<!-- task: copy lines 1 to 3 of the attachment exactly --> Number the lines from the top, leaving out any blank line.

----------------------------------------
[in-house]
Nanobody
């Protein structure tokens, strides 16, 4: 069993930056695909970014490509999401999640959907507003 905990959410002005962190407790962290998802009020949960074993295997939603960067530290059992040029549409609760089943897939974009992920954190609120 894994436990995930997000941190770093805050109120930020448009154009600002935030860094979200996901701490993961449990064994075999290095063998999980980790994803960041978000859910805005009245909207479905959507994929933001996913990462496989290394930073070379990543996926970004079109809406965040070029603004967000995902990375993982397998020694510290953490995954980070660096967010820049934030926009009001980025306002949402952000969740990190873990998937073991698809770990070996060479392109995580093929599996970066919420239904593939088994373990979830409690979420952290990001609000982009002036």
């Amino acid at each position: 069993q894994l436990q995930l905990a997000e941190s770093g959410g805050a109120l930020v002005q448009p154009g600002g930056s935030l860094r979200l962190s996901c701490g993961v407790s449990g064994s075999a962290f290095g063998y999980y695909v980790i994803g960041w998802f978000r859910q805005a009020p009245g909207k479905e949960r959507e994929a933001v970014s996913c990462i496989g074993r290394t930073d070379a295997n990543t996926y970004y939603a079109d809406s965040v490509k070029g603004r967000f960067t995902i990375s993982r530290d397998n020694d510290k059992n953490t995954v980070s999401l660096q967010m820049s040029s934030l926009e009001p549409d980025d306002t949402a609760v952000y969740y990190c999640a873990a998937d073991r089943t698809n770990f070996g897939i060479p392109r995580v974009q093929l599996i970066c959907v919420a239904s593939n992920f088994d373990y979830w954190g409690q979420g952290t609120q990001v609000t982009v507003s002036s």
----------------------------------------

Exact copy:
[in-house]
Nanobody
């Protein structure tokens, strides 16, 4: 069993930056695909970014490509999401999640959907507003 905990959410002005962190407790962290998802009020949960074993295997939603960067530290059992040029549409609760089943897939974009992920954190609120 894994436990995930997000941190770093805050109120930020448009154009600002935030860094979200996901701490993961449990064994075999290095063998999980980790994803960041978000859910805005009245909207479905959507994929933001996913990462496989290394930073070379990543996926970004079109809406965040070029603004967000995902990375993982397998020694510290953490995954980070660096967010820049934030926009009001980025306002949402952000969740990190873990998937073991698809770990070996060479392109995580093929599996970066919420239904593939088994373990979830409690979420952290990001609000982009002036």